Ade is Pansexual, Androgynous and Finds Comfort in Their UU Community #AMPLIFY

Monroeville queer

Name:  Ade

Age: 32

County of Residence: Allegheny, formerly Westmoreland and Crawford

Preferred Pronouns: I’m not picky, but I appreciate “they” or other neutral pronouns

How do you describe your identity? pansexual, androgynous (non-binary and genderqueer also work), white, pagan, neuro-atypical

Please describe your coming out experience. Where did you find support? What challenges did you face? I told a few of my friends in high school, and most of them were great about it. One friend was very religious and had sort of a “love the sinner, hate the sin” attitude toward it, but she still accepted me as a person. A couple of others were kind of weird about it, but I didn’t lose any friends. A few of my close friends were very supportive, and it was great to feel unconditionally accepted. The biggest challenge was keeping it from family members, only because I don’t feel comfortable sharing personal stuff with family.

How would you describe yourself NOW in terms of “being out”? I’m fairly open with most of my friends, though I don’t really talk about it unless the topic comes up in conversation. I’m a private person and feel like my sexuality is nobody’s business but mine. I’m not out to most family members, because I avoid sharing anything personal with them. (I know they wouldn’t have a problem with it, but it’s just too personal.) As for gender identity, I’m open about that. I am who I am, and if people don’t like it, they don’t need to be in my life.

Tell me about the first LGBTQ person whom you met. What impact did they have on your life? When I was around 14, my friend told me she was bisexual. We were very accepting of each other during high school, and she was also the first person I came out to. We’re still friends and talk every now and then.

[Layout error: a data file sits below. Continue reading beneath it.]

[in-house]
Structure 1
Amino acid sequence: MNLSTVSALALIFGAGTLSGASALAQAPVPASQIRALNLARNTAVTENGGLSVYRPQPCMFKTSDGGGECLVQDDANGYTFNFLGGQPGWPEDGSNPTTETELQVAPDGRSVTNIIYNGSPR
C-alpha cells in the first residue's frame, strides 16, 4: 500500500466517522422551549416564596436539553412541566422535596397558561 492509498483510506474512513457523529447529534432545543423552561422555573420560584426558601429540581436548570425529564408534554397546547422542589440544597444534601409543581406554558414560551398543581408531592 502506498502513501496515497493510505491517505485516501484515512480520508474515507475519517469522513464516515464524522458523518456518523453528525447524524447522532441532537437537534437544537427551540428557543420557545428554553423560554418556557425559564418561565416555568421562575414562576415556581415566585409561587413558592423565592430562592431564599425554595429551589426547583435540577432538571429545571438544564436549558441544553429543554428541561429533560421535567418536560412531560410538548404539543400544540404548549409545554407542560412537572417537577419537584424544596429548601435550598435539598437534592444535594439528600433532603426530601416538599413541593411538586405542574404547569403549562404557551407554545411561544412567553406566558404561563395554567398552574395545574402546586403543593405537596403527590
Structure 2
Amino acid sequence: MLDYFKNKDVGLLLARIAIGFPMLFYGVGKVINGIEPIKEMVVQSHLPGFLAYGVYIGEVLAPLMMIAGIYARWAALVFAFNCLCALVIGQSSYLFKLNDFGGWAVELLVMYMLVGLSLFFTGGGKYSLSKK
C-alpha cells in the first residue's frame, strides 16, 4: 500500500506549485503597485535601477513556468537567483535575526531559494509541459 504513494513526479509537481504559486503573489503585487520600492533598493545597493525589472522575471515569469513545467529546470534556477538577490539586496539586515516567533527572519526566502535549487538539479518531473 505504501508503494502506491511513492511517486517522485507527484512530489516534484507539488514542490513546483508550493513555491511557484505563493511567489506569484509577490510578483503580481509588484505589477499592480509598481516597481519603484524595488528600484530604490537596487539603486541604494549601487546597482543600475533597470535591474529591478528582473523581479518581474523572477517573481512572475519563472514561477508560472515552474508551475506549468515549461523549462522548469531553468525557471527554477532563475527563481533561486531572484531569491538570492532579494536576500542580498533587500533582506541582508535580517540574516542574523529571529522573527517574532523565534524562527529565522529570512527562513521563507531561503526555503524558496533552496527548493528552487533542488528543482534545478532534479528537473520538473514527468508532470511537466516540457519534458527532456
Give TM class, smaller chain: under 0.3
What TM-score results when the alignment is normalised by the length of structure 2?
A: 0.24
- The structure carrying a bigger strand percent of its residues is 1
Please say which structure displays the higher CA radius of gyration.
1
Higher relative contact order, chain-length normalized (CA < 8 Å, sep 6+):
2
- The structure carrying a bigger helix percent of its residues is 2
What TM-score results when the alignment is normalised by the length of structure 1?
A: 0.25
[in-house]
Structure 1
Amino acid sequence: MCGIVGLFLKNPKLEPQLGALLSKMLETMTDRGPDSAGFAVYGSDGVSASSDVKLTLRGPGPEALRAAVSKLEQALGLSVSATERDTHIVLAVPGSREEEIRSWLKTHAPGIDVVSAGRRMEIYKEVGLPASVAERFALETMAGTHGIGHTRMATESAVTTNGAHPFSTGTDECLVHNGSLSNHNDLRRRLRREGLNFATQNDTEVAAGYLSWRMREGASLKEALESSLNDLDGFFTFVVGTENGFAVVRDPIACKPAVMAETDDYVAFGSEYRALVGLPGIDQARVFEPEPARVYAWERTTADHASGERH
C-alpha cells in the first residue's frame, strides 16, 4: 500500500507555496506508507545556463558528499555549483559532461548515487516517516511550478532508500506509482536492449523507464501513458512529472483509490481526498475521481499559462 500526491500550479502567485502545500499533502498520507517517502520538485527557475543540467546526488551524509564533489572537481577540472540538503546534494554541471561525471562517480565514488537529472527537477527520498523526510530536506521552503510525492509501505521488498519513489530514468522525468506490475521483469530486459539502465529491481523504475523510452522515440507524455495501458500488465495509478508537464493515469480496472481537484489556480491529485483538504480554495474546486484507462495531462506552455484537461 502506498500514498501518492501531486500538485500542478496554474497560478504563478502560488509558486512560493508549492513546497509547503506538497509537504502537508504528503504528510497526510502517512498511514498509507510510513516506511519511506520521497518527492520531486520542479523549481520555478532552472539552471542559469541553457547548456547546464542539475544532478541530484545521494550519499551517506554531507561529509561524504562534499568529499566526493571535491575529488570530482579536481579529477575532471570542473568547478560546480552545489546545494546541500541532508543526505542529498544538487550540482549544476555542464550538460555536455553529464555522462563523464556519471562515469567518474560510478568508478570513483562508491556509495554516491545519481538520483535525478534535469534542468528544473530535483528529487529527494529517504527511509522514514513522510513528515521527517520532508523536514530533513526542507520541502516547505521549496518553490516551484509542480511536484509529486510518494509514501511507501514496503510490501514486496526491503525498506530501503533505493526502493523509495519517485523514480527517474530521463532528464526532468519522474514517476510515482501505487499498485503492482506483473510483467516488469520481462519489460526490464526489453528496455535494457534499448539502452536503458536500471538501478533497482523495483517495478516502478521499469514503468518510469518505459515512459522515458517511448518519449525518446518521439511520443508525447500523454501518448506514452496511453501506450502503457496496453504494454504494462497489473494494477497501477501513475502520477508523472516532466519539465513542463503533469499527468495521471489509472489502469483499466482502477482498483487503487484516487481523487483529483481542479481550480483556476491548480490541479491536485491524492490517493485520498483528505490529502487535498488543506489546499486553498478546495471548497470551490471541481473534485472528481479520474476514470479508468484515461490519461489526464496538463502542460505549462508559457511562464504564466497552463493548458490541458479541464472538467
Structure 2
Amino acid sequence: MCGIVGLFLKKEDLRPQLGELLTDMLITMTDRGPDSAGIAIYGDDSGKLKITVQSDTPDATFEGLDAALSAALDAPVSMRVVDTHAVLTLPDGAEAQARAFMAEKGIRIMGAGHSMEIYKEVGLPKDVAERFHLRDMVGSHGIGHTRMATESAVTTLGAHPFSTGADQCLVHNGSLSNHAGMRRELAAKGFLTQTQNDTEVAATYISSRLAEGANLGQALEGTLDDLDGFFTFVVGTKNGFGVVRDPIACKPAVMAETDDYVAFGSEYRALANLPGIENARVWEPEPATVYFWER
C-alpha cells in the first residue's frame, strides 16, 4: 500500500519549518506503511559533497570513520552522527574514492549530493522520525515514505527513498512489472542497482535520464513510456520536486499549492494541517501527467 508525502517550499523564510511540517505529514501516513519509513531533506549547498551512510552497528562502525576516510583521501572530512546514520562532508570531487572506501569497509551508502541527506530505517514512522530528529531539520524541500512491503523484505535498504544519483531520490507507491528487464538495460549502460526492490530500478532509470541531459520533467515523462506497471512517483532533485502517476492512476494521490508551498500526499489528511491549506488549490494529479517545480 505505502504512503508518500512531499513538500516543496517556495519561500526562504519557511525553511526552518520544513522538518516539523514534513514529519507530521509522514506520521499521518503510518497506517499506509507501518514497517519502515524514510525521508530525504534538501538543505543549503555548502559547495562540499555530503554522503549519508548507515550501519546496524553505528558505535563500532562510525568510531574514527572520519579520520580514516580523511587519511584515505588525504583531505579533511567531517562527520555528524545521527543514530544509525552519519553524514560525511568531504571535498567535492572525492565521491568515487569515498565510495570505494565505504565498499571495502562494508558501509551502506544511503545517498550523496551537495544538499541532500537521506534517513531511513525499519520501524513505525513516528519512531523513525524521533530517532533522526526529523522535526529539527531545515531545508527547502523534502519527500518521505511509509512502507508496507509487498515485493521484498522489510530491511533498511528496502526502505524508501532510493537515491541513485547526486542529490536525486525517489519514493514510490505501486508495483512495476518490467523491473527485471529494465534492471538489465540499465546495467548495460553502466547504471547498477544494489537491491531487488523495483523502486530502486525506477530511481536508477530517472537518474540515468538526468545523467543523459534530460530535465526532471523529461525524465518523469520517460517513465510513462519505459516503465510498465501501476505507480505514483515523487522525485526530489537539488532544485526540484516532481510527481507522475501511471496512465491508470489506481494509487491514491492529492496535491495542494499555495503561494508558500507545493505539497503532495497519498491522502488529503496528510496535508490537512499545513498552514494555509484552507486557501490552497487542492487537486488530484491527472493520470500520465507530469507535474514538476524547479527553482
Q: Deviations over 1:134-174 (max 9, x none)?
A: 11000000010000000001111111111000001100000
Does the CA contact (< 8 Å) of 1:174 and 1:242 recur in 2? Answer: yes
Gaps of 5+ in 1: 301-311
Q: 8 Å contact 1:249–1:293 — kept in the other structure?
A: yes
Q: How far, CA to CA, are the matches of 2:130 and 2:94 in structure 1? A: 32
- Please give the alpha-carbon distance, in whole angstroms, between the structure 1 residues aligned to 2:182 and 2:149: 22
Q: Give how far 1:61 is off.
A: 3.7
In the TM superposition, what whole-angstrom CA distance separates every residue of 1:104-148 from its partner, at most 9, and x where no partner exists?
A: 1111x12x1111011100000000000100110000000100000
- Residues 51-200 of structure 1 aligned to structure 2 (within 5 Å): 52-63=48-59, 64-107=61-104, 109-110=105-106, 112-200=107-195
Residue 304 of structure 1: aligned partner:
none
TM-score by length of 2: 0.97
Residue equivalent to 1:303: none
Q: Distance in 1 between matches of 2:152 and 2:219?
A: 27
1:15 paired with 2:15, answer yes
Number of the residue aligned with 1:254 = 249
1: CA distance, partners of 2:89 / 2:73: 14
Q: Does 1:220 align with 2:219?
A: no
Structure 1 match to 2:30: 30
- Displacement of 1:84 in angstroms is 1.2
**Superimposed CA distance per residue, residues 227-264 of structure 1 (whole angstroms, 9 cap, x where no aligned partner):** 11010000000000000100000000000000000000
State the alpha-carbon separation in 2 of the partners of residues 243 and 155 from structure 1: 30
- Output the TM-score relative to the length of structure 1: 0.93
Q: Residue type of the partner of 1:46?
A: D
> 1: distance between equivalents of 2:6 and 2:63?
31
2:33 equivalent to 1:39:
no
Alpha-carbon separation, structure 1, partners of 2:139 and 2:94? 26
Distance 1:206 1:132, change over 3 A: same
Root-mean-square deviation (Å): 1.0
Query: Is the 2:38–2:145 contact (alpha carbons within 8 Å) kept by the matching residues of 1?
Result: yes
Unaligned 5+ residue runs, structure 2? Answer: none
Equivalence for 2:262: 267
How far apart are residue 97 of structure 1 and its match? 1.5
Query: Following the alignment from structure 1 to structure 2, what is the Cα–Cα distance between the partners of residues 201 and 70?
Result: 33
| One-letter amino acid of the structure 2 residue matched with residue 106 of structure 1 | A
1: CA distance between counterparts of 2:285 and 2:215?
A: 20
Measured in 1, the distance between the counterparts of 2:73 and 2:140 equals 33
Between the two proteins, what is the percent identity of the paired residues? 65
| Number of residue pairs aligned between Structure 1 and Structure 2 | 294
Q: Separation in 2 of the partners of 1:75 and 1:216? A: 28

Past or present, favorite LGBTQ character or creator in television, film or literature? Please tell us why. I have to go with RuPaul, because he has done so much for the LGBTQ community, is true to himself, and is really empowering.

How do you stay informed about LGBTQ issues? mostly the internet and friends

Describe your geographical community.  I live in Monroeville, which is really a commercialized area. I feel pretty disconnected from people in this area in general, but I have a lot of friends in the UU and pagan communities in the Pittsburgh area. I don’t really know if Monroeville is LGBTQ friendly. I lived in Murrysville during my teens, and it definitely wasn’t LGBTQ friendly at all. I think it’s a little better now, but Murrysville isn’t exactly known for being warm and tolerant.

Describe your local or regional LGBTQ community. I’m not really involved with the local LGBTQ community. I have several friends who are, and I would like to be more involved at some point.

Have you ever experienced discrimination based on your identity? Specifically, in a job setting, when applying for housing or while in public. The most I’ve really experienced is unwanted comments from people. I’m a pretty quiet, solitary person and tend to keep certain aspects of my life to myself unless I feel comfortable sharing. Most strangers are too focused on my height (I’m 4’9″) to notice or comment on anything else about me.